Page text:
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Reginald F. Lewis Museum, Baltimore

Categories: Specialty Museums, Museums
Inspirock Rating:
4.4/5 based on 70+ reviews on the web
Reginald F. Lewis Museum is located in Baltimore. Plan your visit to Reginald F. Lewis Museum and a wealth of other attractions, well-known and undiscovered, using our Baltimore trip itinerary builder.
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  • Reginald Lewis is outstanding, not just for its telling of African American experience, but of setting it so well in Maryland. Displays rotate regularly, so count on returning a couple of times a year...  read more »
  • Very good location, in walking distance of inner harbor. Not a bad price for entry. Really interesting exhibits as well as they had a performance art event when we toured. 
  • Modern museum dealing with the African American experience both historically and up to the present. There is moderate emphasis on the Maryland experience. Very interesting exhibits for everyone, black...  read more »
  • Great great great event I went to during the end of the year season. Love seeing so many beautiful people altogether to learn, sell&buy, promote, and be proud of black culture
  • Great museum for events and learning history. Love the kids events!
  • My companion and I went to the museum during the Christmas week, 2015, on a day when lots was happening. First, though, the Reginald Lewis is easy to get to, parking is readily available, admission is inexpensive, and it's in a thriving part of Baltimore's downtown. The museum is beautifully designed and constructed, and superbly maintained, with open galleries supported by smaller corridors, fitting the museum's mission of being a place to explore and celebrate African-American history, and then aspects of its culture, including labor history, entertainment, and the arts. The historical and other displays are attractive, striking when first viewed, then absorbing in their supplementary detail. The museum is visually inviting, in other words, while providing meaningful materials that draw people into additional thoughtful meditation. A lot of African-American history, of course, involves the country's horrific treatment of African-Americans, and the museum doesn't "make nice" with that tragic story. However, the museum also interweaves black labor history and cultural, and artistic development to portray African American resilience and tenacity into the Twentieth Century and the present. Also involved in this supporting material is a focus on the importance of community, not just in Maryland. All in all, this is a fine place to get yourself re-educated, or educated for the first time, about a lot of things you might have skimmed over in high school or college. You can easily spend an hour or two, here, doing that. On the day we were at the museum there was a lot going on, a Kwaanza celebration and an arts and crafts show, and the staff and participants/ volunteers were having a good time. Museum staff, by the way, are friendly, knowledgeable and enthusiastic about what they do. In one of the galleries was an exhibition of work by Ruth Starr Rose, an artist whose reputation is growing nationally. Regular exhibitions like this are another asset of this place, I gather. Visiting from Madison, Wisconsin, this was our second trip to Baltimore, but the first one when we devoted time to checking out the city's offerings. The Reginald Lewis Museum is an outstanding attraction, one we'll be back to. Richard Swanson (and Fanny Aragno)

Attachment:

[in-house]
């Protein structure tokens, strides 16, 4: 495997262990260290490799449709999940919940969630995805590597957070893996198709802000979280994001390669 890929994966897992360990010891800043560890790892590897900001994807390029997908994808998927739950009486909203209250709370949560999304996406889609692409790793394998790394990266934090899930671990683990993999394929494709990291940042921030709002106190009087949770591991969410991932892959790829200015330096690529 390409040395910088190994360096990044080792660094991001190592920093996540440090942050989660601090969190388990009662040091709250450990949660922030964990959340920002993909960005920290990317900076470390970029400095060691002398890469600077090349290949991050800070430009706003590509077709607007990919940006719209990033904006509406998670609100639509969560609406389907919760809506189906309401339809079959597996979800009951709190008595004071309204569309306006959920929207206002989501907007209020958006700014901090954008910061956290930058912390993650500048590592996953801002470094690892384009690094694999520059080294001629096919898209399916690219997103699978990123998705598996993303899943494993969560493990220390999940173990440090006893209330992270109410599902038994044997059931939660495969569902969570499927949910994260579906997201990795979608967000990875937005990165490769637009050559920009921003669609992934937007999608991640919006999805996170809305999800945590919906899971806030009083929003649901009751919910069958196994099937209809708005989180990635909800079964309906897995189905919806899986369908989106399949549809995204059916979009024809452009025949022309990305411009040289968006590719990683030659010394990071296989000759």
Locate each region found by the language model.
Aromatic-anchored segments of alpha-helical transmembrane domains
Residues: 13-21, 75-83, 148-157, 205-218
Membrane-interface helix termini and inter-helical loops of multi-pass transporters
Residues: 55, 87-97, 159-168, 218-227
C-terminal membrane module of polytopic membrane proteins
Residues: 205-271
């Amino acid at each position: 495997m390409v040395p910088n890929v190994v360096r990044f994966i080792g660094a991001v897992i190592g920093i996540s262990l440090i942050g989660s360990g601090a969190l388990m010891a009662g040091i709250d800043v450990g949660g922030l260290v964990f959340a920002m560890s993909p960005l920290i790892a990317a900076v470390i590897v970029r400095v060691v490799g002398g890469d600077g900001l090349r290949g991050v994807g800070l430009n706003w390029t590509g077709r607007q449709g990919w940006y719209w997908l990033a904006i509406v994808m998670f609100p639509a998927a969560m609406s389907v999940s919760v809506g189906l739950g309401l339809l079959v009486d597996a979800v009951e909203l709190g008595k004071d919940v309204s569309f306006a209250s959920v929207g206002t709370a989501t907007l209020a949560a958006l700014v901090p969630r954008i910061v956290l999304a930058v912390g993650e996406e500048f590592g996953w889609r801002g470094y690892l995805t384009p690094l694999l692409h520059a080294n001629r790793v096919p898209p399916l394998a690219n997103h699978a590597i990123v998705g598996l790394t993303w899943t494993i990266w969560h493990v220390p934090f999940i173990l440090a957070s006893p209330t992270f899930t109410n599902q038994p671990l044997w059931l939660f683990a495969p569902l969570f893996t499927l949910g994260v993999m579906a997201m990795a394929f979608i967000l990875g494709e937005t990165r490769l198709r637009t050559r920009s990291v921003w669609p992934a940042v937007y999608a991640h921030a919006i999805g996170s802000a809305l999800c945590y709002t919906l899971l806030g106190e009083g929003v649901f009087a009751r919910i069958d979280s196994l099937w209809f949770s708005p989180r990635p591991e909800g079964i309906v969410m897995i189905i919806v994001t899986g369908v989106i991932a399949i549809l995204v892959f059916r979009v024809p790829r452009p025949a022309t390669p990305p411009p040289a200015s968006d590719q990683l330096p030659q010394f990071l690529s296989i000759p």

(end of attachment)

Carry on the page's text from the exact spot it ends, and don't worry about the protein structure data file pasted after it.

• They invested a lot of money here but I felt like it was boring. Only the last floor is interesting, I wouldn't pay the entrance fee again.
  • Wonderful exhibits of African Americam history. Love the pictures the atmosphere and the staff. Had the opportunity of attending the 10th anniversary gala. And it was amazing . Keep up the good work.
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